A Brief History of COVID-19 Related Attacks, Pt. 1


As the world manages voluntary quarantines, mandated isolations, social distancing and “shelter-at-home” edicts, cybercriminals are busy creating malware and other cyberattacks that prey on the fear surrounding the novel coronavirus epidemic (COVID-19).

“More than ever, the public needs to be hyper-aware of the interactions they have online, particularly involving the links and emails they open,” SonicWall Vice President Terry Greer-King told The Sun. “Cybercriminals do their utmost to take advantage of trying times by tricking users into opening dangerous files, through what they consider to be trusted sources.”

While SonicWall Capture Labs threat researchers are constantly investigating and analyzing all threats, the team has flagged the top cyberattacks that leverage coronavirus and COVID-19 to take advantage of human behavior. Here are some of the earliest:

Malicious Archive File: February 5, 2020

In early February, SonicWall Capture Labs used patent-pending Real-Time Deep Memory Inspection (RTDMI) to detect an archive file containing an executable file named CoronaVirus_Safety_Measures.exe. The archive is delivered to the victim’s machine as an email attachment.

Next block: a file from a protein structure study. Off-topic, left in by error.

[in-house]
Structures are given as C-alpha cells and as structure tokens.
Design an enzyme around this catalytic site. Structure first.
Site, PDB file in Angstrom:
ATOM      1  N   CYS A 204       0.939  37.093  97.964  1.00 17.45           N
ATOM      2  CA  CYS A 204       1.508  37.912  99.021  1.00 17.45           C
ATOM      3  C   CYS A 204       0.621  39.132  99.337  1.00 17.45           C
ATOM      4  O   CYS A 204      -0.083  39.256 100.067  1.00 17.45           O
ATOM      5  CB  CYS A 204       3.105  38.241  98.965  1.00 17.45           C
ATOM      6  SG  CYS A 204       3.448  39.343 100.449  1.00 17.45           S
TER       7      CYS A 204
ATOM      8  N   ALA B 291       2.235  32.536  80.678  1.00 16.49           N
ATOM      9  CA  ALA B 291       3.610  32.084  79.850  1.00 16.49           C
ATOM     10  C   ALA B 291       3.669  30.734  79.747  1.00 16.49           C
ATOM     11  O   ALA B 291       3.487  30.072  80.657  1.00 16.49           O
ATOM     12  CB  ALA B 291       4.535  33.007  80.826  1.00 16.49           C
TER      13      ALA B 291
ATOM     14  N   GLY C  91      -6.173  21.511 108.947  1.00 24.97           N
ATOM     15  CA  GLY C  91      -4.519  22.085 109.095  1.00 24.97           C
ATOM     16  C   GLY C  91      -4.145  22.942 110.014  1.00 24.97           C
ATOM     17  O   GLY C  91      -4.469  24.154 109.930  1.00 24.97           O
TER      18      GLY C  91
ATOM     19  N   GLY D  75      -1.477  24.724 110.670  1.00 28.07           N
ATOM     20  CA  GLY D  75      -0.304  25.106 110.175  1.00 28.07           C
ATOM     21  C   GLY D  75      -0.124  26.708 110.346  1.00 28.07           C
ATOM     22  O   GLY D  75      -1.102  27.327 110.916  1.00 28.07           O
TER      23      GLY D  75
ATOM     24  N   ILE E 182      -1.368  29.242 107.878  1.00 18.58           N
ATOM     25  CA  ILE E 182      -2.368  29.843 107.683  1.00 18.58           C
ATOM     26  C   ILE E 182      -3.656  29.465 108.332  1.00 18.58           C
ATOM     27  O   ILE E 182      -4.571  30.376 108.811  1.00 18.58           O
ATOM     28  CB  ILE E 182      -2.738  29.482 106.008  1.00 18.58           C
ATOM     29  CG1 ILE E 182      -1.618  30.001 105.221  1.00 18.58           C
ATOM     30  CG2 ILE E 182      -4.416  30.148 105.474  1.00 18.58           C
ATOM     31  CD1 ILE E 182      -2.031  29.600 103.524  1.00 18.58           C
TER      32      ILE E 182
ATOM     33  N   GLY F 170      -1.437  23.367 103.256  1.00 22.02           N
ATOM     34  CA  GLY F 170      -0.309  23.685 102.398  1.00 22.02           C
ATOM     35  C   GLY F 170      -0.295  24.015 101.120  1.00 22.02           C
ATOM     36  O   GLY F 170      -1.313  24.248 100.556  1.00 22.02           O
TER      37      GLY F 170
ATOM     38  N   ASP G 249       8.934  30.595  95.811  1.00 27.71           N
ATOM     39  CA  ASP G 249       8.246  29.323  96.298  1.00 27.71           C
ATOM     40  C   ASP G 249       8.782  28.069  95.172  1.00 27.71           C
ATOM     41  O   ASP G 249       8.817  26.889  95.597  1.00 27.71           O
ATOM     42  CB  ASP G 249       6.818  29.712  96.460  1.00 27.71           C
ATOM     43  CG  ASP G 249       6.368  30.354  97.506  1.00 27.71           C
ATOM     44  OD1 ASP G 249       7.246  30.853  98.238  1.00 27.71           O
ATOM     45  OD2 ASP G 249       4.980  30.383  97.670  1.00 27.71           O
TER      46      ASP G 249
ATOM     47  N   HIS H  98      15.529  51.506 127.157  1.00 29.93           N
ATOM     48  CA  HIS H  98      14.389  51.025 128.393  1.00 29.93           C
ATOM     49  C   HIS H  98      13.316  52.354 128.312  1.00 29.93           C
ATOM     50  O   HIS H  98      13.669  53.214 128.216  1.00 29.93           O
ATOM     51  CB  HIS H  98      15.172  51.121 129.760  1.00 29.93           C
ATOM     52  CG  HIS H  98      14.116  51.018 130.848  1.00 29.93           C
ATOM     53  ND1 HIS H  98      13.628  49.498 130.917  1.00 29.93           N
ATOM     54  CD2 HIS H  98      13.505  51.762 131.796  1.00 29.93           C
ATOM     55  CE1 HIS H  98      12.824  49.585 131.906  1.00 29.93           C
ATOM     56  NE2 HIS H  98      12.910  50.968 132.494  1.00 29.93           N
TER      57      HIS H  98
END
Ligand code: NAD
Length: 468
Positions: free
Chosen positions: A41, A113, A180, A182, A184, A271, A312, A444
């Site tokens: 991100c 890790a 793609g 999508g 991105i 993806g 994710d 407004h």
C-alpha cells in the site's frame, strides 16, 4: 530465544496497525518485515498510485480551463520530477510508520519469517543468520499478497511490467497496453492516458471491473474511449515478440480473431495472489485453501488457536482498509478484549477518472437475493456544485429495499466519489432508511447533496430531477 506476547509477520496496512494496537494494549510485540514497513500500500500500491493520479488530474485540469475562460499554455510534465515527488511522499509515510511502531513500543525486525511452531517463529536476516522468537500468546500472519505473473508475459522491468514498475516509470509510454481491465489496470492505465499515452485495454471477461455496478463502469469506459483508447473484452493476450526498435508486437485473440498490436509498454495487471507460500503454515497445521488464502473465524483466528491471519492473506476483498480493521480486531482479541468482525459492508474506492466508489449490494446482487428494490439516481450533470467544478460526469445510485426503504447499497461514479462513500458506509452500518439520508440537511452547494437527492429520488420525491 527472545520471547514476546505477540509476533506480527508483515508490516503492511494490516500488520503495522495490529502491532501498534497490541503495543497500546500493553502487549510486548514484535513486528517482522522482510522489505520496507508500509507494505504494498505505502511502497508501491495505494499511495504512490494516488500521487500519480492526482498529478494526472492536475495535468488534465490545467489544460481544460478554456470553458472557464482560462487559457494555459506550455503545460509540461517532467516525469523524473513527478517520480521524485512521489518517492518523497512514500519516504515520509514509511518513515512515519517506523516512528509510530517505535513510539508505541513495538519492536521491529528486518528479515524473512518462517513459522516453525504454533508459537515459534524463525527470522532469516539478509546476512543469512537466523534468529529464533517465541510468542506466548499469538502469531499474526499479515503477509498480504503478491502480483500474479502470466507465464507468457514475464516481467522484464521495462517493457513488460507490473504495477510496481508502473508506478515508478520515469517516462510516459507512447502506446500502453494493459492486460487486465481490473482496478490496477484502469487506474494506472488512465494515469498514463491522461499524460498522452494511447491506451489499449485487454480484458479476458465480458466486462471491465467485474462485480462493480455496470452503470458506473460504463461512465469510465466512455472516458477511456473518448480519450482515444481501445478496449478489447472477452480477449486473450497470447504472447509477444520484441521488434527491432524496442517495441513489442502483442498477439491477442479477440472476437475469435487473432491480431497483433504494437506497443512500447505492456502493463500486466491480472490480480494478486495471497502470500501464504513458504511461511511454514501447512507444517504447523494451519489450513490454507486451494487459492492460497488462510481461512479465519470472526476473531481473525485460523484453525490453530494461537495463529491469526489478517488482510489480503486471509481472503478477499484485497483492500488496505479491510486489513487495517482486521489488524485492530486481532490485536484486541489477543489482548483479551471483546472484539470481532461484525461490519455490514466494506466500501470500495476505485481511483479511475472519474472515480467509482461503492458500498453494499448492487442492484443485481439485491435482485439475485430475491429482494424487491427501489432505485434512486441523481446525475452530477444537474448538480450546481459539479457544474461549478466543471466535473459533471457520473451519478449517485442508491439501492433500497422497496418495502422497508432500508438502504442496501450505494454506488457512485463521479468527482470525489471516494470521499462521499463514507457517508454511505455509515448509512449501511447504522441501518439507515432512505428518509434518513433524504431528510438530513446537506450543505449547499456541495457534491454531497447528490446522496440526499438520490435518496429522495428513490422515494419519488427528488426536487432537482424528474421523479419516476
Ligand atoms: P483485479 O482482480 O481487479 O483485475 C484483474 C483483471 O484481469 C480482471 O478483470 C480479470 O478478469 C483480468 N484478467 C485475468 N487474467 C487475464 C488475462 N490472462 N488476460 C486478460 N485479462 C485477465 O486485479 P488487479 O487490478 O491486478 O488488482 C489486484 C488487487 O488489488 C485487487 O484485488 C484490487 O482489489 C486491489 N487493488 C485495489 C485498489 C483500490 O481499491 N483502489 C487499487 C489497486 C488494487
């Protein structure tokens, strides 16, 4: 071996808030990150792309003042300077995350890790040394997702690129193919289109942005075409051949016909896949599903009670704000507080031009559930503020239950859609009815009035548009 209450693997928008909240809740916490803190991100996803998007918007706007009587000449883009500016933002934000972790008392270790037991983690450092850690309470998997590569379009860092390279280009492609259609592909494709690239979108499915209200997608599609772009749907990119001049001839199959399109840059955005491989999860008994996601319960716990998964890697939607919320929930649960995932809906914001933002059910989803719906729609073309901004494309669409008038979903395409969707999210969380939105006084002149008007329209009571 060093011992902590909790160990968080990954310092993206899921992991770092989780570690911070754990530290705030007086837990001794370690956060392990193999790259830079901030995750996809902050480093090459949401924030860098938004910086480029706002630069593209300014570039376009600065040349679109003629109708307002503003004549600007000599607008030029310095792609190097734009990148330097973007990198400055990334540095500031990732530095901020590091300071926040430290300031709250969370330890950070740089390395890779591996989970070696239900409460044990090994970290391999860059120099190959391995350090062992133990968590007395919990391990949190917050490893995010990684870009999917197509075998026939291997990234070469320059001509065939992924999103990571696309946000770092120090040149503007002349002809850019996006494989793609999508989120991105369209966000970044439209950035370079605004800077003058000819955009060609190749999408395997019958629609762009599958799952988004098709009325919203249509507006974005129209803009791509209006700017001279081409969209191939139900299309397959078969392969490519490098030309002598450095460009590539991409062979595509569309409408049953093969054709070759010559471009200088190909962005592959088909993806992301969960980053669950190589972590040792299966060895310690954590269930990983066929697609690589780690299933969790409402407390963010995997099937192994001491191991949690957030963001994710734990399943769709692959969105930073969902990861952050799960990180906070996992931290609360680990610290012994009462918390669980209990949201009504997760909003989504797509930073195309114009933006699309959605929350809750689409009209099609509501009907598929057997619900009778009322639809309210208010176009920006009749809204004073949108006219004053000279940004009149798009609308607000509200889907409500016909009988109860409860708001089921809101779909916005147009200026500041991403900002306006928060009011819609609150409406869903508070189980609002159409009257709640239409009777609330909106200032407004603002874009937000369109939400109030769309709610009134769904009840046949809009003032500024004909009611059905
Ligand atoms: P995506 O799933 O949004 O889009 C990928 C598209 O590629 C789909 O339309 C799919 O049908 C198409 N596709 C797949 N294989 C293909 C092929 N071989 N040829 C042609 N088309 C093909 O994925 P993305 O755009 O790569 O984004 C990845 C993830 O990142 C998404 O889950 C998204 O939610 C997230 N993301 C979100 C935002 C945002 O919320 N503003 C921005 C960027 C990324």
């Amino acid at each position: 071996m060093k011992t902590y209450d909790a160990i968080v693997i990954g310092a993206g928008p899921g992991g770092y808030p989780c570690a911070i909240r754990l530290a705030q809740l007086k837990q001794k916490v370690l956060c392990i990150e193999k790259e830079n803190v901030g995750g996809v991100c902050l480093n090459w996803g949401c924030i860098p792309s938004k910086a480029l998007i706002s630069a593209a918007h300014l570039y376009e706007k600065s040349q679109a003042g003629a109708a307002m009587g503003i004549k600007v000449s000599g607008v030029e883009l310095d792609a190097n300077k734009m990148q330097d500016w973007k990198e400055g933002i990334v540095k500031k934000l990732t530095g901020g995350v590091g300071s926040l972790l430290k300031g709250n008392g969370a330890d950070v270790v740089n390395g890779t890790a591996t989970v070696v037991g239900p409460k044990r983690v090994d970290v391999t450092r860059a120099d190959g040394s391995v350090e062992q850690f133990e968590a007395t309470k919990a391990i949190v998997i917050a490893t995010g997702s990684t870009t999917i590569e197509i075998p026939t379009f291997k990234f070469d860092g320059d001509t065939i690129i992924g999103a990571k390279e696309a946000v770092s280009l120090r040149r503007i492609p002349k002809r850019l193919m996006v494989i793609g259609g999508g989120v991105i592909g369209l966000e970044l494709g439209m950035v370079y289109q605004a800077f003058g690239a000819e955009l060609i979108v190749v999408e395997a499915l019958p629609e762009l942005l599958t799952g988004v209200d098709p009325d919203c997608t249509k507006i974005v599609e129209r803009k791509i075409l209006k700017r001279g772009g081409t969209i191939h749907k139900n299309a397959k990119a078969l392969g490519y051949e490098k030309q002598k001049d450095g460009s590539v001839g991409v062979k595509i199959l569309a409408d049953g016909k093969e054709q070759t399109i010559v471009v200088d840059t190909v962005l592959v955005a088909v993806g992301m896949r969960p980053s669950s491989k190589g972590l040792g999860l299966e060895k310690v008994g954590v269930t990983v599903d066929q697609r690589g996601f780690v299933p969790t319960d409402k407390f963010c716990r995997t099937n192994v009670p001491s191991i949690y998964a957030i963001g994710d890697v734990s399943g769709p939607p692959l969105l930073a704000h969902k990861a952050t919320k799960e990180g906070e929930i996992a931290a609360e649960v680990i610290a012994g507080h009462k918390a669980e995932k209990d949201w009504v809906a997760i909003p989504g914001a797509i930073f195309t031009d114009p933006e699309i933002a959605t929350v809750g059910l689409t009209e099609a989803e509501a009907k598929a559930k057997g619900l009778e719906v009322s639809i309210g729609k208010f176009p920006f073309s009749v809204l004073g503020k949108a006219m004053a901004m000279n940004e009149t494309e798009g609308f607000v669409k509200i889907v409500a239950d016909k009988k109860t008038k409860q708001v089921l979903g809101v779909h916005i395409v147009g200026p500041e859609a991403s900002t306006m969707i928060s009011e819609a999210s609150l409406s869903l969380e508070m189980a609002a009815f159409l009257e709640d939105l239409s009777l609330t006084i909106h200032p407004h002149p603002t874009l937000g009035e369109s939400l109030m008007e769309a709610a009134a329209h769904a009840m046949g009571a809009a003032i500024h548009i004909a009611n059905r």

After analyzing the executable file, SonicWall found that the file belongs to the GOZ InfoStealer family, which was first detected by SonicWall RTDMI in November 2019.

The GOZ InfoStealer is known for stealing user data from installed applications, along with victims’ system information, which is then sent to the threat actor over Simple Mail Transfer Protocol (SMTP).

The malware author is continuously updating the malware code and changing its infection chain. Details of this analysis are available in this SonicAlert: “Threat Actors Are Misusing Coronavirus Scare To Spread Malicious Executable.”

Coronavirus-Themed Android RAT: February 26, 2020

SonicWall Capture Labs observed a coronavirus scare tactic being used in the Android ecosystem in the form of a Remote Access Trojan (RAT), which is an Android apk that simply goes by the name coronavirus.